Updated: 6 days ago
We’re all traumatized. There are various degrees of severity and different levels of awareness, but traumatized we are. No one gets away unscathed… it’s so human. Admitting this doesn’t make you weak or a victim. Trust me, I’m an eternal-only-slightly-annoying optimist who’s as averse to pain as you. But admitting it IS the only way healing is available, which means the trauma is acknowledged, faced, healed, and released. In other words, we are freed from it and the lingering effects still influencing our lives.
How do I know you’re traumatized? Because there are ways you are reactive in your life that are habitual and unconscious. And/or there are aspects of your life that feel stuck and repetitive. And/or there are ways you hide from intimacy while simultaneously craving it. And/or there are aspects of your life that lack fulfillment no matter how much you have perfected them. And/or there are ways you have settled for control in the seeming absence of love.
Why does this matter? These traumas were essentially unresolved painful experiences still alive in you today as if they happened, well, just today. And as long as they stay unresolved, they will continue to hold you back while you are trying your damnedest to soar.
Our definition of trauma is going through a major revision as our species becomes more emotionally intelligent. Trauma was once narrowly understood to describe a profoundly tragic event that negatively impacted people and their lives. Unaddressed, these often make people more susceptible to illness, anxiety, mood disorders, behavioral challenges, etc.… This is often the focus of psychoanalysis and psychiatry. What is being brought to light more and more are the “little” traumas we have all endured in being unconscious humans raised by other unconscious humans.
These “little” traumas are essentially painful moments we didn’t know how to deal with. In other words, we felt bad and didn’t have the resources to help ourselves feel better. It could be as simple as the moment your Mama looked away when you wanted her attention (rejection). Or the angry tone in your Papa’s voice you assumed you caused (insecurity, fear). Or a divorce where a parent left the house or the state (abandonment). It could have been a single moment or a series of infractions that added up. In any case, we were hurting, and for whatever reason, our source of comfort (our primary caregiver) was unavailable or, worse, the cause of our pain.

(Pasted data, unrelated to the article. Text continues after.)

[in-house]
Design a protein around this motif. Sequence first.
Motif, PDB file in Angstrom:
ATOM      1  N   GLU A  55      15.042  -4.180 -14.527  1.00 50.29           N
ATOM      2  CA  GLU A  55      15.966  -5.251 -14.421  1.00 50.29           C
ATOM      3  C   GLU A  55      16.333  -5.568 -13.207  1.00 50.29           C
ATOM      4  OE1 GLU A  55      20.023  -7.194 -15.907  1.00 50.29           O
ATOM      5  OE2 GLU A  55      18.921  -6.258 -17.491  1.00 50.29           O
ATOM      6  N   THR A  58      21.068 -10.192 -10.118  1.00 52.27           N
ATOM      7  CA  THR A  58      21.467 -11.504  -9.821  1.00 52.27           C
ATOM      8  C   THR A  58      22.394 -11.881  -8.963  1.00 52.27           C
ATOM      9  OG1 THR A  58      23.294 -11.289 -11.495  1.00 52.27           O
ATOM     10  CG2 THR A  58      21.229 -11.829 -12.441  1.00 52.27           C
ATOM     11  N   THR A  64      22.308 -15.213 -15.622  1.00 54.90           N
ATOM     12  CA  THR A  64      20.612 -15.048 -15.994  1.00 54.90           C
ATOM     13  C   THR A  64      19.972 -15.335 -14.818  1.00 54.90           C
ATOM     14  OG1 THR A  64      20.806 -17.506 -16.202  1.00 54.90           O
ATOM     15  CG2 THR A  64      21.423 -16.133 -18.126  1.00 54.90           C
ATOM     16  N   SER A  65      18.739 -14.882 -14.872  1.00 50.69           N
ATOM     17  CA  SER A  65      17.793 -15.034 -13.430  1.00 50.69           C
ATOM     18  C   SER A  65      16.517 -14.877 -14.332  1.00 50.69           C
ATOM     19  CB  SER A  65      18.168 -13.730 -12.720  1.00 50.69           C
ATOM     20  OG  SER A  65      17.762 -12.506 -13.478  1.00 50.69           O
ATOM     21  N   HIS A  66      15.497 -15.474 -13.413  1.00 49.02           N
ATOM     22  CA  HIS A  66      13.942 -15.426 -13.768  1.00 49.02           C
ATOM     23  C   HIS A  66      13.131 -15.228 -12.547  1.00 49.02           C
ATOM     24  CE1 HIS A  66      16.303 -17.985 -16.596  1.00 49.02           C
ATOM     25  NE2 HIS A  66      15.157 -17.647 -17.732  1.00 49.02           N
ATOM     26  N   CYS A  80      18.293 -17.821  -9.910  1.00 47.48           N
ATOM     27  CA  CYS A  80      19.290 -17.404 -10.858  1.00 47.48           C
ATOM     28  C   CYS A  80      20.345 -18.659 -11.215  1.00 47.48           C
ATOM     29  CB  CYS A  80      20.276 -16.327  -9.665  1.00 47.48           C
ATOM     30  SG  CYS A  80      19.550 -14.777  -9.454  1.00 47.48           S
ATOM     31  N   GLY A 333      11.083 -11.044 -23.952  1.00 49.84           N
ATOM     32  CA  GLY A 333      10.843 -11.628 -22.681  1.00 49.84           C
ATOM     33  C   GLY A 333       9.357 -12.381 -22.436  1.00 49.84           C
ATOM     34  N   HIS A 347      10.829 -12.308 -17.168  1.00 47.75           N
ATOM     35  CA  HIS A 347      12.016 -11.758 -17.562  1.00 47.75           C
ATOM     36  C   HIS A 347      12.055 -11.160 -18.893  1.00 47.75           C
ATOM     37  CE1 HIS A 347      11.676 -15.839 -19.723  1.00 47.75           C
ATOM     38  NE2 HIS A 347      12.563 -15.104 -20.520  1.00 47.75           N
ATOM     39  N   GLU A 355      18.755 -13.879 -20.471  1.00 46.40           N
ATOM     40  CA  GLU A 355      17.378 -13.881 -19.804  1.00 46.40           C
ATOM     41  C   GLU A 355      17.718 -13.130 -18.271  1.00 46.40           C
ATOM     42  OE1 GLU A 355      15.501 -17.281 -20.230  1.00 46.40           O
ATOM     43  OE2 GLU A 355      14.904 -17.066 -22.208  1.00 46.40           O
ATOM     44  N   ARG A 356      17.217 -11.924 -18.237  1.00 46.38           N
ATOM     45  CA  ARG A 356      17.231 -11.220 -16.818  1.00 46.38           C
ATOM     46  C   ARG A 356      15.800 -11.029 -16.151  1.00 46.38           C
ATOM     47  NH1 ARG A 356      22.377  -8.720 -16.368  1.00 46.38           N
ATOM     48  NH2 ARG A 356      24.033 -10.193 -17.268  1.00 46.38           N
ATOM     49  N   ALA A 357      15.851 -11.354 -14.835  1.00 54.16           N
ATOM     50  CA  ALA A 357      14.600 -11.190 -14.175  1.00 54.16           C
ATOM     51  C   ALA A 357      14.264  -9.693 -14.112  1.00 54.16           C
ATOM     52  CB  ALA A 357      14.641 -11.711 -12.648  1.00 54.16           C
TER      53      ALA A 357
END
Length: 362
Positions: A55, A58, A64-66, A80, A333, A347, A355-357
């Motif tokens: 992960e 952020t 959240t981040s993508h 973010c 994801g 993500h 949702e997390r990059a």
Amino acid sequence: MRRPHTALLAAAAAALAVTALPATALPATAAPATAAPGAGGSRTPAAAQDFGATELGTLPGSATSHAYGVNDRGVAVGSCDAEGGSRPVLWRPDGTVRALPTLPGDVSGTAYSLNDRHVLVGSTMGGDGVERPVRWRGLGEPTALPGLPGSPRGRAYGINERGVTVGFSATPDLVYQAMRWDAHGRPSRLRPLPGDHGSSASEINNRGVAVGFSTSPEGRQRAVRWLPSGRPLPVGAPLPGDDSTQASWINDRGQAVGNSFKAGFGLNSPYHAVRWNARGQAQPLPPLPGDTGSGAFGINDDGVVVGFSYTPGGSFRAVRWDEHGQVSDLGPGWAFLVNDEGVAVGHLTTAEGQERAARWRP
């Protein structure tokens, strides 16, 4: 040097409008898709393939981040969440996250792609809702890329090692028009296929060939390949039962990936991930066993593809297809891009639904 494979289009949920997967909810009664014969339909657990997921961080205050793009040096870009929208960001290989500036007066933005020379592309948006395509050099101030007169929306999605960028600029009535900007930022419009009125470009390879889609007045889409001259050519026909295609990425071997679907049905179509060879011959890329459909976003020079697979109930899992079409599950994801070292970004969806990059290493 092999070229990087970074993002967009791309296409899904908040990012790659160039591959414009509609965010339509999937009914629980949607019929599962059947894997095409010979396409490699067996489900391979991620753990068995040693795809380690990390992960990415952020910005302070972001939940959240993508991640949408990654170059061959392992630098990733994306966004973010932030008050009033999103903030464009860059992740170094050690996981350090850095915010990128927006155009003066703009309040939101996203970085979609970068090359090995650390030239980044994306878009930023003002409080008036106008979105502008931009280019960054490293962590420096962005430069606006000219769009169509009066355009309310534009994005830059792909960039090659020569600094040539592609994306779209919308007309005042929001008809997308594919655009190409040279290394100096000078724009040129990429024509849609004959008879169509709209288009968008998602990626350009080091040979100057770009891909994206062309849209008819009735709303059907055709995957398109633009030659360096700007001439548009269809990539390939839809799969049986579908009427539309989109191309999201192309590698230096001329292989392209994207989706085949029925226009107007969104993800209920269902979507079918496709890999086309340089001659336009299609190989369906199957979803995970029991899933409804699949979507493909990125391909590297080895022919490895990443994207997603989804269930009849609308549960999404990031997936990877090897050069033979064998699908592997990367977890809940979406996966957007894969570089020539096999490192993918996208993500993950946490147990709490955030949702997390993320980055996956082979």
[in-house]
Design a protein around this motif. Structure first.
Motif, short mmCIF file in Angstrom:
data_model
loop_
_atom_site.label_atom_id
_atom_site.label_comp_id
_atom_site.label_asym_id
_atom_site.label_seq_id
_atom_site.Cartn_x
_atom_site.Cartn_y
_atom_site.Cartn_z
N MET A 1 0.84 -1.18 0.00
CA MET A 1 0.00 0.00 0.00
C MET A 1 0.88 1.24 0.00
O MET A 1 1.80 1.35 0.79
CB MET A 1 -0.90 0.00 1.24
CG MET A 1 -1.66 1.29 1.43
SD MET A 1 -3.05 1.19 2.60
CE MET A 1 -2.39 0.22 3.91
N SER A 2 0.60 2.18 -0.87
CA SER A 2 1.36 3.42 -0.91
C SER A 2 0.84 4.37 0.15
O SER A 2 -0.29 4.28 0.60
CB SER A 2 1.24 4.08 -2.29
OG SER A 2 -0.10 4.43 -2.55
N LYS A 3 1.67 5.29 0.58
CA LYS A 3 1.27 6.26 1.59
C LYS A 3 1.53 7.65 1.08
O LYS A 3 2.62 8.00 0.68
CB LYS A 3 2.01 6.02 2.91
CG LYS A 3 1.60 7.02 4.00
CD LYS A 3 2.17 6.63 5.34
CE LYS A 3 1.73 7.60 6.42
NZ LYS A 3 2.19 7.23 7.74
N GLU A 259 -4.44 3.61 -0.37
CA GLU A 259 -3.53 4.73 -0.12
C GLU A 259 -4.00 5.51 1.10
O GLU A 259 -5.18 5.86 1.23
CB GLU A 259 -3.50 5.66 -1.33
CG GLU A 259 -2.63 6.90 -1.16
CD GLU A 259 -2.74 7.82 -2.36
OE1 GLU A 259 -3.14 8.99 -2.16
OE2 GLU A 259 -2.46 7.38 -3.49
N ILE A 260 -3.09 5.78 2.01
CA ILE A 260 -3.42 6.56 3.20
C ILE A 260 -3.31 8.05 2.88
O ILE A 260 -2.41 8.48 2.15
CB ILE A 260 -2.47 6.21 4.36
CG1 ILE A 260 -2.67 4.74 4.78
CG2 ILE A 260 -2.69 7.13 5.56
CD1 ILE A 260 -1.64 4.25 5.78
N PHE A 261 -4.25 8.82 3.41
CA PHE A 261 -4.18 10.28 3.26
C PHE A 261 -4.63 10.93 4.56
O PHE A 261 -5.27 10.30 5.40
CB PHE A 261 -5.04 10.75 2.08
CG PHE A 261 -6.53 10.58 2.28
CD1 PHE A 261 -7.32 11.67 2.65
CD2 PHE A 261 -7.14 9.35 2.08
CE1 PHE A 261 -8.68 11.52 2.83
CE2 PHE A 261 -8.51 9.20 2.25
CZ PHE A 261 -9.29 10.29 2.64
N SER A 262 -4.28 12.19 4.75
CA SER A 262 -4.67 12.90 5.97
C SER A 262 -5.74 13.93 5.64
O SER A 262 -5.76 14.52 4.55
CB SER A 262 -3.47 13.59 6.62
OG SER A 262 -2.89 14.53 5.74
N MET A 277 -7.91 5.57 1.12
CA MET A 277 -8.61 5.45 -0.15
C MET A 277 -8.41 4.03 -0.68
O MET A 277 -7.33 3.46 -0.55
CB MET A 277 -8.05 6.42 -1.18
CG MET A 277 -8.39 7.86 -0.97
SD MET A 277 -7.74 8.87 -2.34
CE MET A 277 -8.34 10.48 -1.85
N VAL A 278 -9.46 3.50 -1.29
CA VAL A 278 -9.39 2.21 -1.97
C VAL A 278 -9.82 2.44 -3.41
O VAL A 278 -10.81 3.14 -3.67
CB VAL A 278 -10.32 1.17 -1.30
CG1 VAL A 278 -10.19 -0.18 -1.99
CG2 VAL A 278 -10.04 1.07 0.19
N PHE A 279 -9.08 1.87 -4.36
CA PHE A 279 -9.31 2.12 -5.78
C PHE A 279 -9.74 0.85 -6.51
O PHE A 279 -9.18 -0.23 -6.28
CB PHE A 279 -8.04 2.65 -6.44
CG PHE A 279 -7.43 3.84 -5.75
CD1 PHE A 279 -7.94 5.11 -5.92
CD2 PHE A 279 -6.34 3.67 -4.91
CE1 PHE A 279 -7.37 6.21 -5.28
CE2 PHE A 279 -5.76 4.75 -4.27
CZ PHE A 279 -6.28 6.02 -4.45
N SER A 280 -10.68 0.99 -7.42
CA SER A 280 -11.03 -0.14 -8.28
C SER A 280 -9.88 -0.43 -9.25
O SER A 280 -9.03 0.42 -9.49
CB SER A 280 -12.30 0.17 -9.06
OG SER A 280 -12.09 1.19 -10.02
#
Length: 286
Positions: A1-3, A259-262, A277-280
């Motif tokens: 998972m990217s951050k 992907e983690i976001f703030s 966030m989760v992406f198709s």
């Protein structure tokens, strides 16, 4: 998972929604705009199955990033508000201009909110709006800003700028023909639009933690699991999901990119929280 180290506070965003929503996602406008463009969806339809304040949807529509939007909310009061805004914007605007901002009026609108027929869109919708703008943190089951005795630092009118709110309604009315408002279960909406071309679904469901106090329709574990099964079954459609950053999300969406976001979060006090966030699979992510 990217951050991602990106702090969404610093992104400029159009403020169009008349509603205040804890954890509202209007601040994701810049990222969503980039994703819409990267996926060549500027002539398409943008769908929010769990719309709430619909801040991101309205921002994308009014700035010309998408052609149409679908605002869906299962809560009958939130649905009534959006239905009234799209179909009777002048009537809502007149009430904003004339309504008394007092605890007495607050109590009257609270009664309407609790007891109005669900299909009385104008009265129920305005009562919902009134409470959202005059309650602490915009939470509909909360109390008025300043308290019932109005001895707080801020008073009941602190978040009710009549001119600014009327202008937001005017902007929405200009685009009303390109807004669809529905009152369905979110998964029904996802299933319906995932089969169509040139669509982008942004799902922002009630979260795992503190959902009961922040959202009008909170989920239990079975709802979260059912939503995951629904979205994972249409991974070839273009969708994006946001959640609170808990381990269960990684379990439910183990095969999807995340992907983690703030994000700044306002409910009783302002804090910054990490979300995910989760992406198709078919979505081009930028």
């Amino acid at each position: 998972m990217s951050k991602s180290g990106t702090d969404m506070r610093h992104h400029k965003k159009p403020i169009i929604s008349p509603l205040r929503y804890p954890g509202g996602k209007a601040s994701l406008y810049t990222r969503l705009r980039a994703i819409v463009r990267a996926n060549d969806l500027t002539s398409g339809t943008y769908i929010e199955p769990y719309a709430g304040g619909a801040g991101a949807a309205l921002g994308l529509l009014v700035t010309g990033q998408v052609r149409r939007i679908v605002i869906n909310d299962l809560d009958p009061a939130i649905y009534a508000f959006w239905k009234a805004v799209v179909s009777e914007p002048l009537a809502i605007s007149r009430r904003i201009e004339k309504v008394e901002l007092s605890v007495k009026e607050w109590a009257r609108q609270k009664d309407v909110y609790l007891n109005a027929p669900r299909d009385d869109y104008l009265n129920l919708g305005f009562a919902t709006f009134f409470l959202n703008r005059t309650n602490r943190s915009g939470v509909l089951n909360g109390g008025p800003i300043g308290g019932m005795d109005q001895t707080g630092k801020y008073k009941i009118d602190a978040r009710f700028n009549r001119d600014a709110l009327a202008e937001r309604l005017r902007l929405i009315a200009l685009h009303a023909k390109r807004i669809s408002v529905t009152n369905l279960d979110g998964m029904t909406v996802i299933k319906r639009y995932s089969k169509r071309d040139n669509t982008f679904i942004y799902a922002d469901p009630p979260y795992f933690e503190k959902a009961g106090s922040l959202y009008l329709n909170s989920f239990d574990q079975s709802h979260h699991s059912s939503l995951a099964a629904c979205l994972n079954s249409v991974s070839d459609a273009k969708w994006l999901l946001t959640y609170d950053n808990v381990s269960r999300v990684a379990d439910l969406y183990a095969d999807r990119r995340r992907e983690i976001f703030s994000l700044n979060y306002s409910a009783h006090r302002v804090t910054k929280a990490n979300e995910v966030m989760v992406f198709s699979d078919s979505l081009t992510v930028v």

Some of you will read these words and get irritated and argumentative…
“I had a great childhood! Don’t project your Debbie-Downer crap on to me!”
And others will feel so seen and understood…
“Yes! OMG! You see me! My parents really hurt me! I’m not sure I can ever forgive them! But talking about it seems to make me feel better, so I do… a lot.”
Whether you’re irritated or relieved about the news that we are all traumatized, I’ve got some good stuff for you in a series of articles over the next couple of months. I offer this to you because I love you and want the highest good for you. When our wounds are triggered, we become tense and reactive, which prevents us from experiencing true happiness, connection, and fulfillment. Going through the pain (not denying or getting stuck in it) is a necessary journey in our evolution… individually and collectively.
Here is a brief summary of the process of healing our everyday run-of-the-mill childhood traumas:
Step 1: Acknowledging our pain/ wounding.
This is essential. Otherwise, the rest of the process won’t make sense. I’ll spend more time here in the first article trying to convince you or validate you.
Step 2: Taking 100% Responsibility.
This is not the same as self-blame. See more about this topic in an earlier post: Self-Blame vs. Self-Responsibility. In taking 100% responsibility, we are not exactly saying we caused the pain, not at first anyway. Rather we are taking 100% responsibility for healing it now. This one will be for those of you who excel in Step One. In fact, you might have made a comfortable home there, but the pain isn’t getting any better.
Step 3: Turning toward ourselves.